Who Really Gives Back?

I can't help but walk away from the Sundance Film Festival amazed each year at what an incredible and wonderful thing it is.  And not just the festival but the entire Sundance organization.  This year it even expanded to go beyond the movies and the labs, to include the exhibitors too (I have written enough about the Art House Convergence for you to already know what I am talking about).  

Although the infinite web of Sundance wouldn't exist without many many people, I just can't help but get all impressed by what Robert Redford has done.  Although the media seems to still love to debate about what the festival is or isn't, the simple fact that Sundance is the greatest cultural institution for Indie Film (and maybe it doesn't need that qualifier) that there is in this country (and probably the world) can not be expressed enough.  It truly is mind-boggling in the best way what Redford has given us.
I started making films just as Sundance was revving up.  I probably would have gone into one of my alternative career paths (armed revolutionary, bank robber, toy inventor, or community organizer) if they, American Playhouse, and the IFP weren't around to rescue me and give me a glimmer of hope that truly free filmmaking was possible.  As much as I have benefited from a whole industry and community of support, it is Sundance that holds it all up and continually expands it, demanding us to reach higher.  Wow.  Thank you, Mr. Redford.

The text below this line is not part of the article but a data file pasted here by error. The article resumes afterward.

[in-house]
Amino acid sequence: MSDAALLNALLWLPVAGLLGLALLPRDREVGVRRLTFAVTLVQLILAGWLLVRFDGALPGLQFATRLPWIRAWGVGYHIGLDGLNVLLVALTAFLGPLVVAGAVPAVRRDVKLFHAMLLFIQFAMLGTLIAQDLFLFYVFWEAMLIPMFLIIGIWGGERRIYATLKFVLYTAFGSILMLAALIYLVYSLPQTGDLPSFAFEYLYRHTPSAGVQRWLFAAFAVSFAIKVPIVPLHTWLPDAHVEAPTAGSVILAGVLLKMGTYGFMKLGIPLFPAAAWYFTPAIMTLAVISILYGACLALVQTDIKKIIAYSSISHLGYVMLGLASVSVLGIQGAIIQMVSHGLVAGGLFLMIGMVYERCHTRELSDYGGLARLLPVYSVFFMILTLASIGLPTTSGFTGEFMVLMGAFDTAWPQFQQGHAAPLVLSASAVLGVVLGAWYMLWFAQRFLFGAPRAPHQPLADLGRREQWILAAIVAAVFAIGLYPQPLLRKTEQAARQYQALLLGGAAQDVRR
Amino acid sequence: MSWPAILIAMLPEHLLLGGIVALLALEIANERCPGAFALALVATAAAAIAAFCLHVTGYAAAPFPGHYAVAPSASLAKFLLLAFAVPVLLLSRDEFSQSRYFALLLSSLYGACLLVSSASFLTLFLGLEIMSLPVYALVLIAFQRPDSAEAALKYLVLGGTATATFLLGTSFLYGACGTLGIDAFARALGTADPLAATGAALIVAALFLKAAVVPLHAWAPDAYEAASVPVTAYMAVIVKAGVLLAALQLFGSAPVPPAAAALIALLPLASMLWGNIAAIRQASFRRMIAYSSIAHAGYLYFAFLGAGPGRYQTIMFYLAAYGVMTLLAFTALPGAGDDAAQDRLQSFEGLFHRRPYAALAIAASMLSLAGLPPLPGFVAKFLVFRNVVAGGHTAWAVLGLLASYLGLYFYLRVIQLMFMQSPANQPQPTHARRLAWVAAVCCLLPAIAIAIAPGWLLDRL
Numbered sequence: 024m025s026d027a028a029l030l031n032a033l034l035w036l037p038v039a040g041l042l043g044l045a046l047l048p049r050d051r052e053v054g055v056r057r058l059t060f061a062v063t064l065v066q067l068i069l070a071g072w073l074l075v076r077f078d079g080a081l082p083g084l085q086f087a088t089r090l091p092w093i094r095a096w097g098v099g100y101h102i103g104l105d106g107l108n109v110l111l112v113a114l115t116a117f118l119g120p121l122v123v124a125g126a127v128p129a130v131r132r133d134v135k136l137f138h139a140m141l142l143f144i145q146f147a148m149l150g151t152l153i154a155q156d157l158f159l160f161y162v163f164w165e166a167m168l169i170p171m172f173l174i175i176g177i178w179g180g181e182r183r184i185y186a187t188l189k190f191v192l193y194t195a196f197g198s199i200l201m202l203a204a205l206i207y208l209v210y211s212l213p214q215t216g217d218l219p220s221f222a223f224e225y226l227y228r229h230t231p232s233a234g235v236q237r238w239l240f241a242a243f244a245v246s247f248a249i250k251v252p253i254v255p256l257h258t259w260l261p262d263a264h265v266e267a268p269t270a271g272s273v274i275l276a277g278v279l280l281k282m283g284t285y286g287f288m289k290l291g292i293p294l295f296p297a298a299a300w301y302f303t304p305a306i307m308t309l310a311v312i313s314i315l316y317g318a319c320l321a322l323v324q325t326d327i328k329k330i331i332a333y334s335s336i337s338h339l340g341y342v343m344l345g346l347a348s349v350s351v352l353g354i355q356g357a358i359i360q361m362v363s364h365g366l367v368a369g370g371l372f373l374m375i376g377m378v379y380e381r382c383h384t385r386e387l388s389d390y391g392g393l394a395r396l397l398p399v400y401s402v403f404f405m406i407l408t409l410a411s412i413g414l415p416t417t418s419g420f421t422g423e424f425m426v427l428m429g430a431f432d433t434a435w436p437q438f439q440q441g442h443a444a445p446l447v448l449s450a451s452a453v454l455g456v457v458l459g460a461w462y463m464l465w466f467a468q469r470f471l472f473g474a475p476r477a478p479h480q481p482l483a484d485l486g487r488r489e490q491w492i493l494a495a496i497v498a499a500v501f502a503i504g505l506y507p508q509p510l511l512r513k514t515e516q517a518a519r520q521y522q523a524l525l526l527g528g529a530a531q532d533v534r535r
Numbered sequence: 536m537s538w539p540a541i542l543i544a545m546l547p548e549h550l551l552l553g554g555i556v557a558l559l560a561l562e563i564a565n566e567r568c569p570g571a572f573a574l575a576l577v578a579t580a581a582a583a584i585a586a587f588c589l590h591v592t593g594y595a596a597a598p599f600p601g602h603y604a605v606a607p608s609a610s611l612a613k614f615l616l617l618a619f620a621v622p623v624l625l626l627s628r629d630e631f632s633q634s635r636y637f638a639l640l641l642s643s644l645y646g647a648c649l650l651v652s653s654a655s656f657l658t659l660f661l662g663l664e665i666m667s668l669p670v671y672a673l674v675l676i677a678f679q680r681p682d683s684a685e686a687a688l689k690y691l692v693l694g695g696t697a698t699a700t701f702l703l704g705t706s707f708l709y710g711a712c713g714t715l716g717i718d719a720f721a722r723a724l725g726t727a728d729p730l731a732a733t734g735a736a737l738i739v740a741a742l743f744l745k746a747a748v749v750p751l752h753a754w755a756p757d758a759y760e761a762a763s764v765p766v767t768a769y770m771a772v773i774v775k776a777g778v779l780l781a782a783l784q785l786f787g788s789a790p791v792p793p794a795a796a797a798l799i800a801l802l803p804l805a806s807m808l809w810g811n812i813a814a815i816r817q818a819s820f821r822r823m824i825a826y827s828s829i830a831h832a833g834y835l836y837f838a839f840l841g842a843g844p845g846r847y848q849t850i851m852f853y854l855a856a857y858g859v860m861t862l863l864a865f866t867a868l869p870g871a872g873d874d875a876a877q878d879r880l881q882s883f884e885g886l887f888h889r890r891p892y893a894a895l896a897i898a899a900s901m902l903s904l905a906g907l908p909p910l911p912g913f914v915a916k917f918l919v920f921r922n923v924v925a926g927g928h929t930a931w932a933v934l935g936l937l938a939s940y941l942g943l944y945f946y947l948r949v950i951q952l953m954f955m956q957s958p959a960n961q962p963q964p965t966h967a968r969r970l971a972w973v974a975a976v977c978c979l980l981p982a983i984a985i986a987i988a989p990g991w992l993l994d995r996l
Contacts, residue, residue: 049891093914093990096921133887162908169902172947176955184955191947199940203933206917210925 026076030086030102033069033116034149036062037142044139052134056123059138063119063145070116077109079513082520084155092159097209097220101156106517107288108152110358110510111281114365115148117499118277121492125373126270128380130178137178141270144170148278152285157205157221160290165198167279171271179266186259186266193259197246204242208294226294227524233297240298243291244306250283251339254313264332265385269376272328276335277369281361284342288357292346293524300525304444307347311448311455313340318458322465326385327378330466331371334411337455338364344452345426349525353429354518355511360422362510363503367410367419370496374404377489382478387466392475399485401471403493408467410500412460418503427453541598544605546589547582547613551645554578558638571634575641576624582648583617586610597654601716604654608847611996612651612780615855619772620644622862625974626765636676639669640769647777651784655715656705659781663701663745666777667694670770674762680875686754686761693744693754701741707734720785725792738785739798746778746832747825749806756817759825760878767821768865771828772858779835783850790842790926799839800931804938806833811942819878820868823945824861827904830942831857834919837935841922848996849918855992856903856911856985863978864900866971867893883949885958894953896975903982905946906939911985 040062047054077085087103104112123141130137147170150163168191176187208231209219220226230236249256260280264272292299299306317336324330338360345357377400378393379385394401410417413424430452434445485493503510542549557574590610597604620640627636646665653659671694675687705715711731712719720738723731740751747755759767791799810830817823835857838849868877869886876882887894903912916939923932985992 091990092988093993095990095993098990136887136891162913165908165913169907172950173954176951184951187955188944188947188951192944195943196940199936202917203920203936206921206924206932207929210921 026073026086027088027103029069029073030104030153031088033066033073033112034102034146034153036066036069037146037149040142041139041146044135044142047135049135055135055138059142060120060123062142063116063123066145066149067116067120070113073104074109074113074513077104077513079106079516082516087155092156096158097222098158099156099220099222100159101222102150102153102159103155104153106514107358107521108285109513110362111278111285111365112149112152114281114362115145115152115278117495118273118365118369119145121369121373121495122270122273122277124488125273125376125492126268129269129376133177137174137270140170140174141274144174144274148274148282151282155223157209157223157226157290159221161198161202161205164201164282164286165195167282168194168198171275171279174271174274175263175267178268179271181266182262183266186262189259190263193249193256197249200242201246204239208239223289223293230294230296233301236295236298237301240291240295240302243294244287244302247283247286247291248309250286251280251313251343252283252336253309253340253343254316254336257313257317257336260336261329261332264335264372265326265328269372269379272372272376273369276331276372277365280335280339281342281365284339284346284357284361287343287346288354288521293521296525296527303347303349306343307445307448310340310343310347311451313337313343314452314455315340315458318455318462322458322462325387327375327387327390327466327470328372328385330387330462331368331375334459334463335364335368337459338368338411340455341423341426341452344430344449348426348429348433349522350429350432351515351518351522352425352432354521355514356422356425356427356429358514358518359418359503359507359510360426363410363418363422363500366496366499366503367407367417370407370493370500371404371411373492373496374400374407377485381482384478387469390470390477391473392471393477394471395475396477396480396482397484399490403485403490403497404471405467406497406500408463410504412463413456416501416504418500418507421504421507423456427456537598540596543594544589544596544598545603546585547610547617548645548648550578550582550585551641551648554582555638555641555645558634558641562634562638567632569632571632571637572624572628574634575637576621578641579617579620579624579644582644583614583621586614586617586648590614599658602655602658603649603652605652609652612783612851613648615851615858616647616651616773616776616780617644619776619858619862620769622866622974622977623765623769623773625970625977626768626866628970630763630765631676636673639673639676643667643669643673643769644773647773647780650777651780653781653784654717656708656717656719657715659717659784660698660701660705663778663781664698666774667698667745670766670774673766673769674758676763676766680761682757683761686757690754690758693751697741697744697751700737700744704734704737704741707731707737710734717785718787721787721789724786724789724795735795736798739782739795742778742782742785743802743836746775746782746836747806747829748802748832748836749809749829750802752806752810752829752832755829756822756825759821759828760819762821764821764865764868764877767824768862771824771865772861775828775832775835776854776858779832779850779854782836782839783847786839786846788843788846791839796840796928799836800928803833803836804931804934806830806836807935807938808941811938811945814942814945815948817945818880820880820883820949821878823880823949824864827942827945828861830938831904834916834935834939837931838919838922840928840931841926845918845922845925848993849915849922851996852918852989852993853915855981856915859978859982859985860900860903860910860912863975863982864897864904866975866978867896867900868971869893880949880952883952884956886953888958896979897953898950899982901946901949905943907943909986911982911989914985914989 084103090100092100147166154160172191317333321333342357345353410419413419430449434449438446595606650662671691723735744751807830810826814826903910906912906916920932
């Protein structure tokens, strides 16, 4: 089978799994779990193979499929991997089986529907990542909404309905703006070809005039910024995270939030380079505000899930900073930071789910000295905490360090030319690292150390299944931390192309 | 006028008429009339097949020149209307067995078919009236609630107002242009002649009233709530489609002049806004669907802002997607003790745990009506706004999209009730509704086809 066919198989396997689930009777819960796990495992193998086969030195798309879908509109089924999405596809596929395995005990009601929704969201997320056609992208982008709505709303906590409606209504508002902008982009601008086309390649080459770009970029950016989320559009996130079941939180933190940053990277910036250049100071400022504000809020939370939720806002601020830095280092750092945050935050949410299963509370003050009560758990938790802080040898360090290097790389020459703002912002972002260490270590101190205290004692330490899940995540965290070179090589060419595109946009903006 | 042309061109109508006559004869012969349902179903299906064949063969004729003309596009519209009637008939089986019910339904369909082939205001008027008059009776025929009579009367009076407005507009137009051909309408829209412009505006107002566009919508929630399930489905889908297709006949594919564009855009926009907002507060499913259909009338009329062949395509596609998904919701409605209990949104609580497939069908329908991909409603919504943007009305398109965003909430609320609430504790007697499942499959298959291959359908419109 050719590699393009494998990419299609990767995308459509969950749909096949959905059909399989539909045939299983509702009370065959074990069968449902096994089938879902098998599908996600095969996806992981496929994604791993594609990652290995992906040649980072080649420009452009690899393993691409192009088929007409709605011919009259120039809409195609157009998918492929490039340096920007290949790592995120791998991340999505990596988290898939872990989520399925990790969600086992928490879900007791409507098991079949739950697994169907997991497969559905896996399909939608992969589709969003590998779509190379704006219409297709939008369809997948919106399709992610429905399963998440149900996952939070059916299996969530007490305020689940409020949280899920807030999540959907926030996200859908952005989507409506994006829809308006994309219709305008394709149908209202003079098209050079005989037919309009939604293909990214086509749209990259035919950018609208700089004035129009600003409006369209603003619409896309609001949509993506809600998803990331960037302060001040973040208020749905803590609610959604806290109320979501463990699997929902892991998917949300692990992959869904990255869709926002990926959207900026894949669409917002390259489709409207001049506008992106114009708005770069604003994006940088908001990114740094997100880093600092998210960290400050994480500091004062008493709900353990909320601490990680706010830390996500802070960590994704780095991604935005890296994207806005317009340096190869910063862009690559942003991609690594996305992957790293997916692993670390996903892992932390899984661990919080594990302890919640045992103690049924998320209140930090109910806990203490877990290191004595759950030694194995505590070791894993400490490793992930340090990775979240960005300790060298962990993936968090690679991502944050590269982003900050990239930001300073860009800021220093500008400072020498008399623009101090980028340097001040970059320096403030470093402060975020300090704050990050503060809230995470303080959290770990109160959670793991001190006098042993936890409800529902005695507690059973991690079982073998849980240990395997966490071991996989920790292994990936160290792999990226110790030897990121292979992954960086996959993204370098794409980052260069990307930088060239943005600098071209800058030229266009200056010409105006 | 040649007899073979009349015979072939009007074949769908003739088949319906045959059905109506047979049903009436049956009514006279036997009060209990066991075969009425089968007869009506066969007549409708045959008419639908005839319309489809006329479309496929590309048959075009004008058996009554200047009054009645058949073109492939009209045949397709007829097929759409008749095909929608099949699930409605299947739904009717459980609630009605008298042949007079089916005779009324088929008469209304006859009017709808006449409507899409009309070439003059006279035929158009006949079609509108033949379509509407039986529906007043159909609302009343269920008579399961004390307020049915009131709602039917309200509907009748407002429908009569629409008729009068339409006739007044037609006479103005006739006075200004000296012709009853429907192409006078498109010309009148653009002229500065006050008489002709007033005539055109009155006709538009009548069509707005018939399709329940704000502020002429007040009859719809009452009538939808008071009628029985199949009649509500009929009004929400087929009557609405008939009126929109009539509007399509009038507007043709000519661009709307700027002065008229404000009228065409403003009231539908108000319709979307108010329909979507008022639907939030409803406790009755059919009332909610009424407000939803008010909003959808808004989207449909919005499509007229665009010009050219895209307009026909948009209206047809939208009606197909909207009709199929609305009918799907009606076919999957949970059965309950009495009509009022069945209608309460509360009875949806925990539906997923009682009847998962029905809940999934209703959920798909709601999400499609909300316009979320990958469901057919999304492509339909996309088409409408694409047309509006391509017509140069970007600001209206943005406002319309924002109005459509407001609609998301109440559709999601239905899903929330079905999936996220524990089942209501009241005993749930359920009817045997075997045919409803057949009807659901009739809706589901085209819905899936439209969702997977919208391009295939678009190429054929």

Yet each year I  wonder the same thing: why is Robert Redford such a singular example?  Why is everything else in this business driven solely by short term self interest?  I was invited on to the Sundance Panel "The Panic Button: Push or Ponder?" and after participating, I am more ready than ever to push that button.  Unless others follow Redford's example and start giving back, we are sure to have a film culture of extremes: the super low-budget self-financed personal expressions and farm-league calling cards and other industry-backed economically-safe re-imaginings of yesterday's hits.  
And it has to start with those with the most power.  We all need to ask and then act on what we can do to build this culture, allow it to become sustainable, and make it obtainable for all who are willing to work.  We have a long way to go.